If you use dry butter beans, drain the dry butter beans soaked in cold water overnight. Place a small pot and add the beans with 3 times more water. Cook around 30-35 minutes until they are soft but not mashy. The cooking time can vary depending on the origin of the beans. So, it is better to check them out after 30 minutes. 

Place an oven-proof pan on a medium heat. Add olive oil, when heated and onions, stir for 2 mins, add sliced fennel, garlic and keep cooking for 5 minutes until they get soft and tender. Add grated carrot, chopped celery and stir around for 2-3 minutes. Stir in the orange juice. 

Add cooked beans – around 250g and 150ml stock ( or just reserve from the water you cook the beans in). If you use a can of butter beans, add the beans with its water. Finally add olives. 

Season it with salt, pepper, touch of nutmeg, thyme and the zest of an orange. Cook for further 3-4 minutes. Cover the pan, place it in the oven – 170C/gas mark 4 – for 40 minutes. 

Take the lid off, put the oven on 150C/2, and add crumbled feta and put it back in the oven for another 10 minutes. 

Turn off the oven, take the pan out after resting 2-3 minutes. Feta must be soft on that stage, just stir through the dish. It will give a creamy consistency to the dish. You can add chopped parsley if you like.

Add 1tbsp of extra virgin olive oil for finishing the dish.

Serve warm. 

*this recipe is created for the first digital delivery of Delfina Foundation‘s traditional Family Lunch series during lockdown.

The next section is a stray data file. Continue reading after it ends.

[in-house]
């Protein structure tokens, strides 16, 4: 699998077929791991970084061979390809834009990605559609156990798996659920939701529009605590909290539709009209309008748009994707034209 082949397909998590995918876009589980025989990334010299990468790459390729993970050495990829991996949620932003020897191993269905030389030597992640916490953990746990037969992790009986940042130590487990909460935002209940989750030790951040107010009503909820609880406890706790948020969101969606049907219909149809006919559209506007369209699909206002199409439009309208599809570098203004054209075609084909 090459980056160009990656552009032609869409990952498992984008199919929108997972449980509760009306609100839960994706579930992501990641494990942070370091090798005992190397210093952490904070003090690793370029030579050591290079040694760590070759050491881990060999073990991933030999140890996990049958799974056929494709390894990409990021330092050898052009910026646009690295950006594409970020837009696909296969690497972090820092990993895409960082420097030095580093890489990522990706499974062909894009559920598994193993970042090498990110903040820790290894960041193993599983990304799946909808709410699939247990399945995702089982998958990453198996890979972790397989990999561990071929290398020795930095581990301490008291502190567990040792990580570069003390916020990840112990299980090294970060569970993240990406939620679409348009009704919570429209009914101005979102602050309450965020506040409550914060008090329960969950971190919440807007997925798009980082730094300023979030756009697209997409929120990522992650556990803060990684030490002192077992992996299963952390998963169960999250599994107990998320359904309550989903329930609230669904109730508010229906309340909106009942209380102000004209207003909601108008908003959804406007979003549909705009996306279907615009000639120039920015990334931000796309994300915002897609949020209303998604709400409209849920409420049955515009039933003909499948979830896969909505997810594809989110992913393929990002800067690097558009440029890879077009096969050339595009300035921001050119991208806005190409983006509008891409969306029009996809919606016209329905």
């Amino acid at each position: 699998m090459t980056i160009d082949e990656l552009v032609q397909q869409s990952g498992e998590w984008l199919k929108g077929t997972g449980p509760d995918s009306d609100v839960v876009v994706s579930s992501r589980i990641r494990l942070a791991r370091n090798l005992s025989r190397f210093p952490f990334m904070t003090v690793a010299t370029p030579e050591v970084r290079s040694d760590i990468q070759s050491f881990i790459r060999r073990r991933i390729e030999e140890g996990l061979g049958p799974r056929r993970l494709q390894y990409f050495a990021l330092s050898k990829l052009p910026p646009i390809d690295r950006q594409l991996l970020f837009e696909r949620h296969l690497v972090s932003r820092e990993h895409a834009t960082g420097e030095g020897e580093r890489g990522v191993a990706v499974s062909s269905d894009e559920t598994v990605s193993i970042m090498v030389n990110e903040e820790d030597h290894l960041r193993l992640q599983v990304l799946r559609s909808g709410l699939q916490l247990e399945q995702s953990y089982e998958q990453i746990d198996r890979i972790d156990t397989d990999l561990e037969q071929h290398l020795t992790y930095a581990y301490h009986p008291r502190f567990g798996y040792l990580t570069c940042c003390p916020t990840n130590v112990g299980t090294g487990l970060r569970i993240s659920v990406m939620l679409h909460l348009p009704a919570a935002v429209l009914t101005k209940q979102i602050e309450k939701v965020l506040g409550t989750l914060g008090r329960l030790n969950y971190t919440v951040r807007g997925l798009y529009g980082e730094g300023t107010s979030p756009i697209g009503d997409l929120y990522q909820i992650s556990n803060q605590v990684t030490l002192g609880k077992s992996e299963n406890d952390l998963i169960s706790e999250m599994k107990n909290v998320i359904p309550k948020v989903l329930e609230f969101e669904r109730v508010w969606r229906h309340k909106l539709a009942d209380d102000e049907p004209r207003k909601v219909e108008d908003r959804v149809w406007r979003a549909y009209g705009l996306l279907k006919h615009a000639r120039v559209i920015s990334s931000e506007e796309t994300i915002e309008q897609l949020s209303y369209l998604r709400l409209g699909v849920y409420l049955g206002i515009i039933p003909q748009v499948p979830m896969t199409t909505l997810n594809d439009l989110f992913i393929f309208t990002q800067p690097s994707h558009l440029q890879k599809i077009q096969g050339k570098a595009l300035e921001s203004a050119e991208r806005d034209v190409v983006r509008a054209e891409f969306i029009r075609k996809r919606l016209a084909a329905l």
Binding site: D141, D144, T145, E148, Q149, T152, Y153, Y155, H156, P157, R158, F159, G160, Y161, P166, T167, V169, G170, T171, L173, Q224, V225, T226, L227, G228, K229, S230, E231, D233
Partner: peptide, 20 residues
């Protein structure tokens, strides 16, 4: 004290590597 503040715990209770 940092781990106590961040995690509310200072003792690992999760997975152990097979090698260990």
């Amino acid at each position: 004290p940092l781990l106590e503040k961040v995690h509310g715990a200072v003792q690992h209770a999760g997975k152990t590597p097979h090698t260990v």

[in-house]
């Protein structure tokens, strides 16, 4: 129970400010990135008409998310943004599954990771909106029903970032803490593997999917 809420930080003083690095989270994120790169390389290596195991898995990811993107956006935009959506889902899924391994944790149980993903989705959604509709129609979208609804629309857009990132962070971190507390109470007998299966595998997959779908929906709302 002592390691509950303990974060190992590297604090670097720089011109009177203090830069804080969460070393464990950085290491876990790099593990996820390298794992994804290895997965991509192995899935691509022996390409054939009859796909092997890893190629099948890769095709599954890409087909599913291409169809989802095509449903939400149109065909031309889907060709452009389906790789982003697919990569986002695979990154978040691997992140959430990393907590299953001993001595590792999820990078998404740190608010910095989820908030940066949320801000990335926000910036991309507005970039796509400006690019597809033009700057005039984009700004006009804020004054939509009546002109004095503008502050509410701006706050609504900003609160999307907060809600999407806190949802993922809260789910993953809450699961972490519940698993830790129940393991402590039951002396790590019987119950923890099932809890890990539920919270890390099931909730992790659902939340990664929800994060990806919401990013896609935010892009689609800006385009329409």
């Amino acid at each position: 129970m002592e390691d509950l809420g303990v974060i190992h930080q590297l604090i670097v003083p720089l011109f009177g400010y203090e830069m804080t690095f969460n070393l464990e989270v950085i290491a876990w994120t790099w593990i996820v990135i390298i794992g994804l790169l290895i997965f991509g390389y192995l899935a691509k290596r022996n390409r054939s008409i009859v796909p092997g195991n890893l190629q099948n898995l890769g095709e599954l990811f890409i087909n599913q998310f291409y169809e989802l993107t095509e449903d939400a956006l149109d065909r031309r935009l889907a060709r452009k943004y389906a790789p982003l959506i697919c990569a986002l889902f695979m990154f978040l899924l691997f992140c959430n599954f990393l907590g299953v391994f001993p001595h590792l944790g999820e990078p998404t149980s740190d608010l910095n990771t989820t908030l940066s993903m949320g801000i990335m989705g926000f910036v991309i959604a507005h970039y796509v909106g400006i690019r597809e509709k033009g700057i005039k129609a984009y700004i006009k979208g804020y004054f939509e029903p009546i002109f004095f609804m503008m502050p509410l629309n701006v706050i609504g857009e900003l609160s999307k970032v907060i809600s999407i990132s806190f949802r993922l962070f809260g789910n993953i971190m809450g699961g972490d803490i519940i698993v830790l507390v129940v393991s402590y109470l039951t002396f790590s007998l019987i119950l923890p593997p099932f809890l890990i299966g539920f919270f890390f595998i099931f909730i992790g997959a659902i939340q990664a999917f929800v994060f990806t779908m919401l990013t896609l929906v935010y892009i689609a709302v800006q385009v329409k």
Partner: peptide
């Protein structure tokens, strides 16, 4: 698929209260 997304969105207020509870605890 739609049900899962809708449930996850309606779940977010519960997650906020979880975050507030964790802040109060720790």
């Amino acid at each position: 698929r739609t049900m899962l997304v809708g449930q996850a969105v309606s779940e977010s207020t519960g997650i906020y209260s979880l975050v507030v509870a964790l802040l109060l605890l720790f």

Ribbon Carrot Tahini Tarator

carrot tahini tarator by irem aksu



  • 3 carrots – peeled 
  • 2 small garlic clove or 1 large – grated
  • 1tbsp olive oil 
  • ½ coriander seeds 
  • A little pinch of salt

Tahini sauce 

  • 2tbsp tahini 
  • 1tbsp yogurt 
  • 1tbsp water 
  • Squeeze of a half lemon 
  • Sea salt and black pepper to taste

First start with tahini sauce. In a bowl add tahini, yogurt and water. Stir until the mixture is smooth. Different tahini brands might change the consistency but we are looking for a smooth, not lampy, quite thick texture. You can adjust the amount until you get the right consistency. Season it with a pinch of sea salt and add lemon juice. Keep aside. 

Then ribbon your carrots with a peeler. You can also grate them if you do not want to bother, but carrot looks prettier as ribbon sliced. 

Place a pan over a medium heat, add olive oil. When it is heated add coriander seeds, toast them for a minute, add carrots and stir around for 2-3 minutes. Add grated garlic and give a gentle stir for further one minute. Turn off the heat. 

Combine ⅔ of your quickly sauteed carrot when it is still warm with tahini sauce. Place on a plate, add the rest of ribbon carrots on top. Drizzle extra virgin olive oil and a tiny sea salt flake. If you like you also add toasted sesame seeds or walnut on top. 


*the recipe is created for Meyhane Elsewhere by Istanbul Elsewhere – is a cultural project exploring acts of ‘Istanbuliteness’ .


Olive Oil Braised Pea & Onions (vegan)



olive oil braised pea & onions by irem aksu



  • 500g pea 
  • 2tbsp olive oil 
  • 1 medium brown onion – sliced 
  • 2 spring onions – sliced roughly 
  • Half bunch of dill 
  • Pinch of sugar 
  • Pinch of salt to taste 
  • 100ml hot water

For topping

  • 1tbsp extra virgin olive oil 
  • Squeeze of lemon and a little zest of it
  • Dill
  • Freshly ground black pepper – optional 

Slowly heat the olive oil and place the sliced onions in a pan. Cook for 7-8 minutes until their colour turns to golden and they are slightly caramelised. Add peas, spring onions, sugar and stir around, then slowly pour the hot water. Close the lid, cook on low heat around 10 minutes. Season it with salt, add chopped dill. Keep on heat for a further 2 minutes. Turn off the heat, add extra virgin olive oil, more dill (if you like you can add fresh basil as well) and a squeeze of lemon juice with its zest. 

Rest the dish for half an hour. Olive oil braised dishes are always better when they are served at room temperature. Enjoy!

*the recipe is created for Meyhane Elsewhere by Istanbul Elsewhere – is a cultural project exploring acts of ‘Istanbuliteness’ .


cacik by irem aksu